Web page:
General Crime

Man Gets 7 Years For Fatal Stabbing After Argument Over Music

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An Oakland man was sentenced today to seven years in state prison for fatally stabbing his sister’s boyfriend during an argument over loud music last year. Prosecutor Scott Ford sought a murder conviction for Van Surrell, 23, for the death of 22-year-old Blair Robertson at an apartment in the 700 block of East 11th Street in East Oakland on Feb. 16, 2013, but jurors on June 24 convicted him of the lesser crime of voluntary manslaughter.

Ford asked Alameda County Superior Court Judge Stuart Hing at a tense hearing today during which eight bailiffs guarded the courtroom to sentence Surrell to 12 years in state prison, the maximum term possible for manslaughter plus the enhancement of using a knife. But Surrell’s lawyer, Darryl Stallworth, said his client should only get the minimum of 4 years because the jury’s verdict indicates that the jury believes the killing of Robertson wasn’t intentional or malicious. Stallworth also said 40 people submitted letters to the court asserting that Surrell has a good character and is non-violent.

Hing chose the middle term of 7 years in state prison but didn’t explain his reasoning. Stallworth said the stabbing occurred after Robertson and Surrell got into an argument because Robertson was playing music too loud and refused Surrell’s request that he turn it down. Stallworth said the two men then challenged each other to fight and Surrell grabbed a knife to protect himself because Robertson had beaten and choked him and brandished a gun in previous confrontations.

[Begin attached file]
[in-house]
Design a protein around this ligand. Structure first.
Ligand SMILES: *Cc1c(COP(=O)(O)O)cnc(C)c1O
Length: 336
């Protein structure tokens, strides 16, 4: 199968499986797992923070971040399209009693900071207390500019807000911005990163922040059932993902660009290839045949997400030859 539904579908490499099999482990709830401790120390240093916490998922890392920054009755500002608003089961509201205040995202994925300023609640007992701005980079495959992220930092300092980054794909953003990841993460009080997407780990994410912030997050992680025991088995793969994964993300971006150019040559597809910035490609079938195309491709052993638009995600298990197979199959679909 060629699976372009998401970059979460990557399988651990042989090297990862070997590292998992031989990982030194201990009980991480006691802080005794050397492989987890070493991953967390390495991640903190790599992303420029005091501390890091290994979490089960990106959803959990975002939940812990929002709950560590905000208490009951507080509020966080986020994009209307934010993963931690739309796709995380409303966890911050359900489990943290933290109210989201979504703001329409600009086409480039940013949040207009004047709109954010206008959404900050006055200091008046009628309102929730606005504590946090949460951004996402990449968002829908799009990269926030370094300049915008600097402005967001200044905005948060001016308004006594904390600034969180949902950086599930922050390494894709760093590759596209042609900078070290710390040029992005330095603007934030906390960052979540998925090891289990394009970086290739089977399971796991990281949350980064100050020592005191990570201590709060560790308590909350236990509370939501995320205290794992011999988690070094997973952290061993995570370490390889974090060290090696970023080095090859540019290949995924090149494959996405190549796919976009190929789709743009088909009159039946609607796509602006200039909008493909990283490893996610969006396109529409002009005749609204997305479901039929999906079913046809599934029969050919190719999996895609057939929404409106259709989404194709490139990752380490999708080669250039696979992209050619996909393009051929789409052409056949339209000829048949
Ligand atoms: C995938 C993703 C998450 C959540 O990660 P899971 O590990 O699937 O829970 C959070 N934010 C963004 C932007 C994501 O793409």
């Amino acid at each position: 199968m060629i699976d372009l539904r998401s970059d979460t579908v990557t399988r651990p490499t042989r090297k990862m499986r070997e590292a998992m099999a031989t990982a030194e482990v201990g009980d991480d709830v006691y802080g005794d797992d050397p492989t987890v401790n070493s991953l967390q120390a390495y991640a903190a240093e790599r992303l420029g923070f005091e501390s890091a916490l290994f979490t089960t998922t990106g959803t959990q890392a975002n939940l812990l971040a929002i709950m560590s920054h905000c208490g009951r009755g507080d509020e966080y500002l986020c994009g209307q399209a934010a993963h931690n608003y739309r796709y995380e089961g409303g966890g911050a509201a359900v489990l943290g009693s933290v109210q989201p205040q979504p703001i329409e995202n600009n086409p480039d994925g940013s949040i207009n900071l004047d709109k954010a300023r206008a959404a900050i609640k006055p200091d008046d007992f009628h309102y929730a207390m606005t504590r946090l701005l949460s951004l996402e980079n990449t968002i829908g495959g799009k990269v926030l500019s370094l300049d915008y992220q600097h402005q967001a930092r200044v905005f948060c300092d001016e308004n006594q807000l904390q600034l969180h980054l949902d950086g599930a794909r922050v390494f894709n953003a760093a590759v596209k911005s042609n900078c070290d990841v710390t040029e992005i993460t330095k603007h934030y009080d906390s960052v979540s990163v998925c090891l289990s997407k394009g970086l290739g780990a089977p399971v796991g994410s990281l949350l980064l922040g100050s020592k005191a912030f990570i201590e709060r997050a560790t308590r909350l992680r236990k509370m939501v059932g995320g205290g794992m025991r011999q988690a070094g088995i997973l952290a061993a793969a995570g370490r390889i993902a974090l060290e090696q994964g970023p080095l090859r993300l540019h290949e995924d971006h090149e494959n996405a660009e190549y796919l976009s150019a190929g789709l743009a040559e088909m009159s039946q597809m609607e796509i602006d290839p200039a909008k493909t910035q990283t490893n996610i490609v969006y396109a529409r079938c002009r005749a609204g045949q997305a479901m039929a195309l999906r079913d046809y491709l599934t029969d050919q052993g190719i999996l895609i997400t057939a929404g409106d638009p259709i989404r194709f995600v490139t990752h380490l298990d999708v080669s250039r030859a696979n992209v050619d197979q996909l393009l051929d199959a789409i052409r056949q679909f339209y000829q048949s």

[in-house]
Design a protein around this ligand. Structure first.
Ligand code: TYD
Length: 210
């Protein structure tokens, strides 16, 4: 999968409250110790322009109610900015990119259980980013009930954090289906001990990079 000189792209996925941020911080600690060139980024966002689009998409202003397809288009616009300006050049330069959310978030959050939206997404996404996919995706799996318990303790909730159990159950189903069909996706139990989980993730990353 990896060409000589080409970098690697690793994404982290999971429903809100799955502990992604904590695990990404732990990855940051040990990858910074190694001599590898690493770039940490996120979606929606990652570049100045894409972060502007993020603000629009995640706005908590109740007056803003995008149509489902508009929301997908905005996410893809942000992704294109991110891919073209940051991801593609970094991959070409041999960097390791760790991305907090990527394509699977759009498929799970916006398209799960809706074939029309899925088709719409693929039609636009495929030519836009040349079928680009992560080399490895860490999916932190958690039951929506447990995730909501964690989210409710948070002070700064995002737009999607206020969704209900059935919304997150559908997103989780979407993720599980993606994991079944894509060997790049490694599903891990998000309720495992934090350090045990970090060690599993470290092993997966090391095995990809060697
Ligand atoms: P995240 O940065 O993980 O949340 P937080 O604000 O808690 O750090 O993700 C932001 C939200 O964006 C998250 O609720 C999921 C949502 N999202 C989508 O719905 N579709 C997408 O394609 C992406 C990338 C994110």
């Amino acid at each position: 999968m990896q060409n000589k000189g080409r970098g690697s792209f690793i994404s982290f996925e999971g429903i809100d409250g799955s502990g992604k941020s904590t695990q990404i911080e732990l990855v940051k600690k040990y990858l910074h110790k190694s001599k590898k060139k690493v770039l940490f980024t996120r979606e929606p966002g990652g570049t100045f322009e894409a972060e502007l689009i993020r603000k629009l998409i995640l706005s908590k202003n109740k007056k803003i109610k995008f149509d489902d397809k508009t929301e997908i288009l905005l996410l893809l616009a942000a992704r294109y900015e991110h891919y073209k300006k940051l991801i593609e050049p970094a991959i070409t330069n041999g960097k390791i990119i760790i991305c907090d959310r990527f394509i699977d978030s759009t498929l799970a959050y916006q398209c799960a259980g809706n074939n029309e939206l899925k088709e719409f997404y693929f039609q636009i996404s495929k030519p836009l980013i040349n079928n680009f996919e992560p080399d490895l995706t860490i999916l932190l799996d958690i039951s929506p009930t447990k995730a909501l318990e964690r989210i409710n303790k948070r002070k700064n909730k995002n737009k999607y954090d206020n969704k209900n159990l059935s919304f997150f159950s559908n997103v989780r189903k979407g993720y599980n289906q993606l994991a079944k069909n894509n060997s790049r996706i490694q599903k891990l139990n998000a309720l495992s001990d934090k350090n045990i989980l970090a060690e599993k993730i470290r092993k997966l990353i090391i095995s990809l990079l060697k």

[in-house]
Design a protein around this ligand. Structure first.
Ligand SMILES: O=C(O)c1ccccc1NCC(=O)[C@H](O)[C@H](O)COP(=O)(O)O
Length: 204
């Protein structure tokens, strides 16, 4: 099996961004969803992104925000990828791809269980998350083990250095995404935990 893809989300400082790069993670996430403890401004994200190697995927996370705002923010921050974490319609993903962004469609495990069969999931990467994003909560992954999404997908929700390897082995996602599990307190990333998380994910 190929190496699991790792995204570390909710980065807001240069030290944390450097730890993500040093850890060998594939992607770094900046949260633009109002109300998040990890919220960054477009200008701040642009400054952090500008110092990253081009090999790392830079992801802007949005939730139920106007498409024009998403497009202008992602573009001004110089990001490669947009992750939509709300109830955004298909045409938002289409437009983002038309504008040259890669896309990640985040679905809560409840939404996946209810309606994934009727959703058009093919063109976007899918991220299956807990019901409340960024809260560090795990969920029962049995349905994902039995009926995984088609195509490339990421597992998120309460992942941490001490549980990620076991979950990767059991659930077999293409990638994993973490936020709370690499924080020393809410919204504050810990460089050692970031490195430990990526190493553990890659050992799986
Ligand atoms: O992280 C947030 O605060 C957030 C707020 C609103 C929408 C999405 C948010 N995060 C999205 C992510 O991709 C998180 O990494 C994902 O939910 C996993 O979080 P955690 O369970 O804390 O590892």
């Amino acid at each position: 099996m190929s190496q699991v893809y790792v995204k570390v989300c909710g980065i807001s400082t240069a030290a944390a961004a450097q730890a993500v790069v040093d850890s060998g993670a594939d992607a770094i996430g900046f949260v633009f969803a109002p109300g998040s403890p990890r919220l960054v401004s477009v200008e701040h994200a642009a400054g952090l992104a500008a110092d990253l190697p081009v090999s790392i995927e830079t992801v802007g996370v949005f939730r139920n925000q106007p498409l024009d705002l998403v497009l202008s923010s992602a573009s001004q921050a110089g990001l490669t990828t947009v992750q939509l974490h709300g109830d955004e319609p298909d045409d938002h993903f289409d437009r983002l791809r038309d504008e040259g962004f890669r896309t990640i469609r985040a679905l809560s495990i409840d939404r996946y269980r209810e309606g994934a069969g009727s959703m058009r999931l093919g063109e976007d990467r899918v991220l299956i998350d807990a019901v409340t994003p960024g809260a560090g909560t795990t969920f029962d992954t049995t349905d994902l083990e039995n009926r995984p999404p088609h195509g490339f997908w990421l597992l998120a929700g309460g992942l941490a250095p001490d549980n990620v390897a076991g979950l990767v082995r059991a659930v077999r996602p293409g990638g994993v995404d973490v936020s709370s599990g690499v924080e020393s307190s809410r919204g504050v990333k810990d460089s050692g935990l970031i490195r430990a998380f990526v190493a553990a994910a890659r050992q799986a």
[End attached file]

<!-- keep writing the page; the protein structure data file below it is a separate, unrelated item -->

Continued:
However, the defense attorney said Robertson then turned into the knife that Surrell was holding and suffered wounds that took his life. The atmosphere in the courtroom became tense after one of Robertson’s family members said she didn’t think Surrell was remorseful about killing Robertson. However, Surrell said, “I’m sorry for what I did and I ask his family to forgive me.” Surrell said, “I don’t know why it happened or why I did it.” Referring to the tensions in the courtroom, Surrell said, “I hope nobody fights like they have at previous court dates.”

After the hearing ended, bailiffs escorted the family members and friends of Surrell and Robertson from the courtroom separately so they wouldn’t intermingle. Surrell would have faced 16 years to life if he’d been convicted of second-degree murder and 26 years to life if he’d been convicted of first-degree murder.

Copyright © 2014 by Bay City News, Inc. — Republication, Rebroadcast or any other Reuse without the express written consent of Bay City News, Inc. is prohibited.

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